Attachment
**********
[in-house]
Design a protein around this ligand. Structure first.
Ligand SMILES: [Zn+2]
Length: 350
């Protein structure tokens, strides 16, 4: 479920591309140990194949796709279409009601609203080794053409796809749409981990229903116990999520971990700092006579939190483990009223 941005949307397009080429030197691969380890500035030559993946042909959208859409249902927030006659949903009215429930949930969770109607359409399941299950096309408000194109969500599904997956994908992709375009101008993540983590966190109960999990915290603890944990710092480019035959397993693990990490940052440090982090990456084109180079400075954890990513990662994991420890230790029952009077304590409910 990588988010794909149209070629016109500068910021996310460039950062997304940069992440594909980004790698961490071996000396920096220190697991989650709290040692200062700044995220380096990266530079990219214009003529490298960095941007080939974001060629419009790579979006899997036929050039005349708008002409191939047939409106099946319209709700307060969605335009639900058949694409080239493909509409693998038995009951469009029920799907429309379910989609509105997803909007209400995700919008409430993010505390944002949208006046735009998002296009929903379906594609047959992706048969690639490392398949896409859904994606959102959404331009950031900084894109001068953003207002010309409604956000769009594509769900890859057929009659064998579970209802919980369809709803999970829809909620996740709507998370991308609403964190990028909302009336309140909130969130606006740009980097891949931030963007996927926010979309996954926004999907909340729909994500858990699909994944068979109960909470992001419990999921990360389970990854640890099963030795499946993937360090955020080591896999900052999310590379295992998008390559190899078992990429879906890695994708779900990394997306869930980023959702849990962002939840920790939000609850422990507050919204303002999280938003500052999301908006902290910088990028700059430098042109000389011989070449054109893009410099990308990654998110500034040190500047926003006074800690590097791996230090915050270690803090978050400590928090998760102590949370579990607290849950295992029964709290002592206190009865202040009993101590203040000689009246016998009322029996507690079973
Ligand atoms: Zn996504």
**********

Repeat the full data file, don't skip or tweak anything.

[in-house]
Design a protein around this ligand. Structure first.
Ligand SMILES: [Zn+2]
Length: 350
């Protein structure tokens, strides 16, 4: 479920591309140990194949796709279409009601609203080794053409796809749409981990229903116990999520971990700092006579939190483990009223 941005949307397009080429030197691969380890500035030559993946042909959208859409249902927030006659949903009215429930949930969770109607359409399941299950096309408000194109969500599904997956994908992709375009101008993540983590966190109960999990915290603890944990710092480019035959397993693990990490940052440090982090990456084109180079400075954890990513990662994991420890230790029952009077304590409910 990588988010794909149209070629016109500068910021996310460039950062997304940069992440594909980004790698961490071996000396920096220190697991989650709290040692200062700044995220380096990266530079990219214009003529490298960095941007080939974001060629419009790579979006899997036929050039005349708008002409191939047939409106099946319209709700307060969605335009639900058949694409080239493909509409693998038995009951469009029920799907429309379910989609509105997803909007209400995700919008409430993010505390944002949208006046735009998002296009929903379906594609047959992706048969690639490392398949896409859904994606959102959404331009950031900084894109001068953003207002010309409604956000769009594509769900890859057929009659064998579970209802919980369809709803999970829809909620996740709507998370991308609403964190990028909302009336309140909130969130606006740009980097891949931030963007996927926010979309996954926004999907909340729909994500858990699909994944068979109960909470992001419990999921990360389970990854640890099963030795499946993937360090955020080591896999900052999310590379295992998008390559190899078992990429879906890695994708779900990394997306869930980023959702849990962002939840920790939000609850422990507050919204303002999280938003500052999301908006902290910088990028700059430098042109000389011989070449054109893009410099990308990654998110500034040190500047926003006074800690590097791996230090915050270690803090978050400590928090998760102590949370579990607290849950295992029964709290002592206190009865202040009993101590203040000689009246016998009322029996507690079973
Ligand atoms: Zn996504």